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WPT Launches Congie Black and Gold Fund

February 16, 2012 · By Terry Finley · Share

One year ago today, West Point Thoroughbreds lost a cherished friend and faithful employee when Congie DeVito passed away due to complications from Osteogenesis Imperfecta (also known as brittle bone disease). In his honor, we’ve created the Congie Black and Gold Fund to secure the retirement of past, current, and future horses purchased and raced by WPT.

Click here to learn more and to see some former runners that have been successfully placed in retirement homes over the past few years.

Congie was our first employee. He bravely faced his physical challenges, was a real inspiration to all of us, and absolutely loved horses - they were a huge part of his life. I can’t think of a better way to honor his memory than to secure a safe future for all runners that carry the black and gold.

Financial aspects of the Congie Black and Gold Fund will be administered by the Thoroughbred Retirement Foundation (TRF). These funds will go toward re-homing, re-training, shipping, and daily care and maintenance for West Point horses no longer competing on the track. All donations are tax deductible. WPT will also allocate resources to monitor horses lost by sale or claim, ensuring their safe retirement to the fullest extent possible.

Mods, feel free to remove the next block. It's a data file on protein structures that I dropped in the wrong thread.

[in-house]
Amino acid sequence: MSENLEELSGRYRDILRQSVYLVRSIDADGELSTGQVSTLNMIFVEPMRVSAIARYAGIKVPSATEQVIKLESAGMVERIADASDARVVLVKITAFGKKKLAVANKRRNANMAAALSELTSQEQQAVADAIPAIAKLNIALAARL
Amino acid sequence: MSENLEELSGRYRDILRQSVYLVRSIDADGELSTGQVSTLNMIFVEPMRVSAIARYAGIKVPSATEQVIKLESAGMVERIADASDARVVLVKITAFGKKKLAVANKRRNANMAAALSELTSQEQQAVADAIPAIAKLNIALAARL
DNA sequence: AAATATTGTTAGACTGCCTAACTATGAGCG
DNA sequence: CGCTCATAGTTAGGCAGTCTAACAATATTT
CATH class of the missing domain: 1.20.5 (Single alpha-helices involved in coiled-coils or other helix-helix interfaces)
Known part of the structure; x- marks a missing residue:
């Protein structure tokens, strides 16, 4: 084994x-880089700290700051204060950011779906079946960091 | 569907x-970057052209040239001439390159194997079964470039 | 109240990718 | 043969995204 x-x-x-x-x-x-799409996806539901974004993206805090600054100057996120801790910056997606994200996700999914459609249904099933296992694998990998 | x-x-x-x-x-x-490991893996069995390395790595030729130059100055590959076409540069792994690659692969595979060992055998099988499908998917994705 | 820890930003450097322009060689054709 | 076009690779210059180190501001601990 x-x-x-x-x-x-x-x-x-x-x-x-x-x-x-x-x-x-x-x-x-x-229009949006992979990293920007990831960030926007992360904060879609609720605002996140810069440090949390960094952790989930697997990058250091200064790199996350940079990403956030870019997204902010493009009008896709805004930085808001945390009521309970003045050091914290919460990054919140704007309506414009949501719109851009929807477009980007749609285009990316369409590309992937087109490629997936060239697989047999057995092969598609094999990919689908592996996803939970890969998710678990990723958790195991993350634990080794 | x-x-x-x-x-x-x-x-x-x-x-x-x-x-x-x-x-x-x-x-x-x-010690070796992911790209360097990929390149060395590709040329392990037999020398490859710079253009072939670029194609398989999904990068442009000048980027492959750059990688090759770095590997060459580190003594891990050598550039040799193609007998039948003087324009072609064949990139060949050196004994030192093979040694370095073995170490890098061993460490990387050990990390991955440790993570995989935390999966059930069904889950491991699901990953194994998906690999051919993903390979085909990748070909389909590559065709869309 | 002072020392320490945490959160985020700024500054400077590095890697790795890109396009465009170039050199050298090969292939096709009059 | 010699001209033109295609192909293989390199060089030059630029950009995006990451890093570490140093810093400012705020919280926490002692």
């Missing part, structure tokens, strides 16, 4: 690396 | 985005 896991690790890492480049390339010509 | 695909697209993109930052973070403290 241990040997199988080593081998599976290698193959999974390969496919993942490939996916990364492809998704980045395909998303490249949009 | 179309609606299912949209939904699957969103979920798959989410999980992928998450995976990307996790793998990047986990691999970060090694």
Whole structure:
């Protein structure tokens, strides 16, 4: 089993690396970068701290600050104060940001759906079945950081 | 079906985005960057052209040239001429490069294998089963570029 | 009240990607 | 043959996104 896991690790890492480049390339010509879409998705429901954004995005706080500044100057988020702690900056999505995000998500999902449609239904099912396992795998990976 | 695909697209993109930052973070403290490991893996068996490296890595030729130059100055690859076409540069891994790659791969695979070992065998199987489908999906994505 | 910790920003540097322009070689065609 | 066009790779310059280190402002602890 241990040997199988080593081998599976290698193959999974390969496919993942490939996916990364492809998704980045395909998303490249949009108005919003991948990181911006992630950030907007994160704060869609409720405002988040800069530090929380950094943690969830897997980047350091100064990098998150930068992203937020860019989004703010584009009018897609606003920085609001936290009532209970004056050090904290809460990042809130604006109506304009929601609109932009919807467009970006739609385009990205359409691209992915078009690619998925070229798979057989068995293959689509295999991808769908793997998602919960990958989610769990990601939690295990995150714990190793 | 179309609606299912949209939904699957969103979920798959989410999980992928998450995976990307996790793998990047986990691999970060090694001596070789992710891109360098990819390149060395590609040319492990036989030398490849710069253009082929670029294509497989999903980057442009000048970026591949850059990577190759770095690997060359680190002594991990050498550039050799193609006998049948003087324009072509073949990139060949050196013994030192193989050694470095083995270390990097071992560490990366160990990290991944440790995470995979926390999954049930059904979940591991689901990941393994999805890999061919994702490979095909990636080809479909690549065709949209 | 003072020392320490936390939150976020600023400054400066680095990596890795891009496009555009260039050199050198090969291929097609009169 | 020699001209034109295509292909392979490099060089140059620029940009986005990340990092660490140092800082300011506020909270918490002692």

We’ll raise funds for the initiative in three ways:

  • Beginning in 2012, financials for each new partnership formed by West Point will include a $1,000 donation to the fund.
  • Going forward, $10 per start per horse will be drawn from the partnership to be placed into the fund on behalf of that runner’s future, with WPT matching this amount.
  • Individual donations to augment the fund may be mailed to:

Thoroughbred Retirement Foundation

Congie Black and Gold Fund

PO Box 3387

Saratoga Springs, NY 12866


**Please be sure include Congie Black and Gold Fund in your check memo.


Why did we form the fund and why now? Here’s our take - we can evaluate and analyze the horse retirement situation this country until the cows come home, but the bottom line is that individual owners have to step up and take the vast majority of the responsibility for the retirement of horses that carry their colors. In a fragmented industry, I don’t see this issue being solved on a national basis any time soon, but that doesn’t diminish owners’ responsibility to their equine athletes.

For more information on the Thoroughbred Retirement Foundation, click here.   

 

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